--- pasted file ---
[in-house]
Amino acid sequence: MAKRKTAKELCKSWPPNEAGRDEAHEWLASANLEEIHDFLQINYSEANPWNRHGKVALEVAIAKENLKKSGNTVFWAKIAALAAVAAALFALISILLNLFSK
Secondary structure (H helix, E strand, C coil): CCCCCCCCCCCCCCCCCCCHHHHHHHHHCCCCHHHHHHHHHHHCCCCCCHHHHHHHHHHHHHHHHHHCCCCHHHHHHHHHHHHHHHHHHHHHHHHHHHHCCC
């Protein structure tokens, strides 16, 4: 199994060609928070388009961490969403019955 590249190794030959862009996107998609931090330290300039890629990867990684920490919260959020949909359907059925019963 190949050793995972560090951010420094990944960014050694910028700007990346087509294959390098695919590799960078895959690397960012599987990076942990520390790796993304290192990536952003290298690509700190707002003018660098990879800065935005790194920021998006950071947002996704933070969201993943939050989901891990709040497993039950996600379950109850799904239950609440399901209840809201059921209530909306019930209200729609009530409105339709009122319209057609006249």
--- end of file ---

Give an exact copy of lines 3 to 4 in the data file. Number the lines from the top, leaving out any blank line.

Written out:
Secondary structure (H helix, E strand, C coil): CCCCCCCCCCCCCCCCCCCHHHHHHHHHCCCCHHHHHHHHHHHCCCCCCHHHHHHHHHHHHHHHHHHCCCCHHHHHHHHHHHHHHHHHHHHHHHHHHHHCCC
């Protein structure tokens, strides 16, 4: 199994060609928070388009961490969403019955 590249190794030959862009996107998609931090330290300039890629990867990684920490919260959020949909359907059925019963 190949050793995972560090951010420094990944960014050694910028700007990346087509294959390098695919590799960078895959690397960012599987990076942990520390790796993304290192990536952003290298690509700190707002003018660098990879800065935005790194920021998006950071947002996704933070969201993943939050989901891990709040497993039950996600379950109850799904239950609440399901209840809201059921209530909306019930209200729609009530409105339709009122319209057609006249």